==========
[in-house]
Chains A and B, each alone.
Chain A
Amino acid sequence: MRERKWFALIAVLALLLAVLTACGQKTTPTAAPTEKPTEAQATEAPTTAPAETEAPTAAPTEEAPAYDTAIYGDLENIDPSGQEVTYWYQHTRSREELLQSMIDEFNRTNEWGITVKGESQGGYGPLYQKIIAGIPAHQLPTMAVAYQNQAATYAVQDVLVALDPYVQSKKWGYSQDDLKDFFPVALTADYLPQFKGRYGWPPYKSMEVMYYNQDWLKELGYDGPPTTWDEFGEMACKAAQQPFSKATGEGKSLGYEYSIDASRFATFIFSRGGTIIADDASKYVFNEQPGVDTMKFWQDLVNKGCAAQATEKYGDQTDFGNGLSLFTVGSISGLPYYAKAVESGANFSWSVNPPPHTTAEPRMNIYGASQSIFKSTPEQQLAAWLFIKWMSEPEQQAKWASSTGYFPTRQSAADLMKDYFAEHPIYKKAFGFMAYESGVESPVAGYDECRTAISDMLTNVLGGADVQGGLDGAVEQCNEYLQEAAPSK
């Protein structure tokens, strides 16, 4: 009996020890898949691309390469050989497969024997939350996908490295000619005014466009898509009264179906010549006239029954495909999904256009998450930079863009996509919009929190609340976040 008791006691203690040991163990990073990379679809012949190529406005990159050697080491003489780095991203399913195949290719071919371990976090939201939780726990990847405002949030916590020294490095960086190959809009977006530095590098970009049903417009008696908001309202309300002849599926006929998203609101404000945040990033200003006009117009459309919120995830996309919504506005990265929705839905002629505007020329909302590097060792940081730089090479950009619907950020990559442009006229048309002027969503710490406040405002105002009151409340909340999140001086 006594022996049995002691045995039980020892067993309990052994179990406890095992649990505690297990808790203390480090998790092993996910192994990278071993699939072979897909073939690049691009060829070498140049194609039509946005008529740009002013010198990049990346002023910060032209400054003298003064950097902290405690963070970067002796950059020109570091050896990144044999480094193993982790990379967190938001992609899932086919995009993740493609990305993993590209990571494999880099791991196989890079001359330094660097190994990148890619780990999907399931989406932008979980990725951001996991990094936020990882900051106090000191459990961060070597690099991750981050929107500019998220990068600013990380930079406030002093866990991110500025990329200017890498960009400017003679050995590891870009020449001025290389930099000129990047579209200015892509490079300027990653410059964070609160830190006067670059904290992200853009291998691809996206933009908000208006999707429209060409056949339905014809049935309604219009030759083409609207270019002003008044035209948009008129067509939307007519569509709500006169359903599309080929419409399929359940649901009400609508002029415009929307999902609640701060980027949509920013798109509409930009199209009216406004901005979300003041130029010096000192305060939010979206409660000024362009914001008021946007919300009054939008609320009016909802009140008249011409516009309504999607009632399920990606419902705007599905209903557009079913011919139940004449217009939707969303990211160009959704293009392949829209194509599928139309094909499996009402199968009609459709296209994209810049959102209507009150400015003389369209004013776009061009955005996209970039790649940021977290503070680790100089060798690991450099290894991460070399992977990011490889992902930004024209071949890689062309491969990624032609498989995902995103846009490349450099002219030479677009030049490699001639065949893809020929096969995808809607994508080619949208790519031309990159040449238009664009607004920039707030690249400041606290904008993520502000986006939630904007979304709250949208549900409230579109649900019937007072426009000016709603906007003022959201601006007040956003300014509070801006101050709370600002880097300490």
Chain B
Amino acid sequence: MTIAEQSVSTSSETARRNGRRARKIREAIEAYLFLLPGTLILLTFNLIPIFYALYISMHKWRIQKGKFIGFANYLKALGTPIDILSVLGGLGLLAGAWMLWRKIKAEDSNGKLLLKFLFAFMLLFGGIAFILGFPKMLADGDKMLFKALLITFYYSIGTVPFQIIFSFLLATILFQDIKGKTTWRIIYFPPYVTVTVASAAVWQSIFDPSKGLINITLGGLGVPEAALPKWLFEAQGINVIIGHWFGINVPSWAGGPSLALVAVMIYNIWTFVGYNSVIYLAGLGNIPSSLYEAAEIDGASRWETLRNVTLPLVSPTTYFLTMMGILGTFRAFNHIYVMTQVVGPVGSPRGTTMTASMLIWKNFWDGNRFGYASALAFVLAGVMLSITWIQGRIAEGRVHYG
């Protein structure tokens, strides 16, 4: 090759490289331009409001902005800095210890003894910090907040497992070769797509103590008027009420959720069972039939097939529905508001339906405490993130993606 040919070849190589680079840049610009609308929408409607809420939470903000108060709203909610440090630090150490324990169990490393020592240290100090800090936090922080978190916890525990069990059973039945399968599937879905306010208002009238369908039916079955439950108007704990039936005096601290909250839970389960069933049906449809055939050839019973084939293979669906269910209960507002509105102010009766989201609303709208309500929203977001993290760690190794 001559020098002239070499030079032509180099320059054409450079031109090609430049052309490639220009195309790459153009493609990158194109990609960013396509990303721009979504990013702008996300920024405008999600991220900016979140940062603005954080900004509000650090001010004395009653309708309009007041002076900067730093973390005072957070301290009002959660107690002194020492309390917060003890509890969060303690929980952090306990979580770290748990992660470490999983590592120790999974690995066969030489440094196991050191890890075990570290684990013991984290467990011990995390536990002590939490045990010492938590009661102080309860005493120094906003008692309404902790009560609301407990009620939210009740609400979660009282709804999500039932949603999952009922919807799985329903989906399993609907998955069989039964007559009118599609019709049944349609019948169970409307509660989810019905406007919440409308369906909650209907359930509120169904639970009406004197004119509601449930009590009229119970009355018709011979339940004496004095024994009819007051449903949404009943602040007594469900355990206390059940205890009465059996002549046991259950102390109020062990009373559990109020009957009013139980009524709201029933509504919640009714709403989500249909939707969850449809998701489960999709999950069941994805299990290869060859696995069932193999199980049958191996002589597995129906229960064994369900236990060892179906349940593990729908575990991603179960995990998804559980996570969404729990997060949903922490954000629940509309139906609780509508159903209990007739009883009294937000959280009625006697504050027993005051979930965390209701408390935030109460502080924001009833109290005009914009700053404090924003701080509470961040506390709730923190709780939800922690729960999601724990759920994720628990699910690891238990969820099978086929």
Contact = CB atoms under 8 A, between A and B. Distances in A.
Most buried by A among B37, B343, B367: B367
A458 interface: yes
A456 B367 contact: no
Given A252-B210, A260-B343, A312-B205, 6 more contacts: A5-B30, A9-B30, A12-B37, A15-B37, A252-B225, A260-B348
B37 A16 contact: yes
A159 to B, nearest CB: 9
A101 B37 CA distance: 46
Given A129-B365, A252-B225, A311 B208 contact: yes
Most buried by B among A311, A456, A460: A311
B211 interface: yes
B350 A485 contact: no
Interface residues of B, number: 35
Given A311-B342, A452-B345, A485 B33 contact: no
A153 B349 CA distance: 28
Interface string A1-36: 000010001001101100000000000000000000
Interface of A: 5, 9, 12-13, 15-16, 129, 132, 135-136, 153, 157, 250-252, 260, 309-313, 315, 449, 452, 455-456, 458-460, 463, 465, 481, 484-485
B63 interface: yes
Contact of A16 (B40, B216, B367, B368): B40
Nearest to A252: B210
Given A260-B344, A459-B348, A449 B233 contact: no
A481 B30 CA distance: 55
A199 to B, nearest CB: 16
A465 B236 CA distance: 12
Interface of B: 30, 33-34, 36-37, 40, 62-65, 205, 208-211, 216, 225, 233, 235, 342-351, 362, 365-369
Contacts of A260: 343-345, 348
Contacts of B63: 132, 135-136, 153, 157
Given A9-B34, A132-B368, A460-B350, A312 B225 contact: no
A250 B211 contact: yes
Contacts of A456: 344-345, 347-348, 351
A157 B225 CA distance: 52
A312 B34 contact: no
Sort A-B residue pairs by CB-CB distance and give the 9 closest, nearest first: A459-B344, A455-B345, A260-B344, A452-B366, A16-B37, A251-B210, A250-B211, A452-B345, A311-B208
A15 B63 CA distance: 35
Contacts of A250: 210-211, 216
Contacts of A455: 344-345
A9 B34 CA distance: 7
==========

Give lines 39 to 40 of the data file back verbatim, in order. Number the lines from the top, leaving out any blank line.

A157 B225 CA distance: 52
A312 B34 contact: no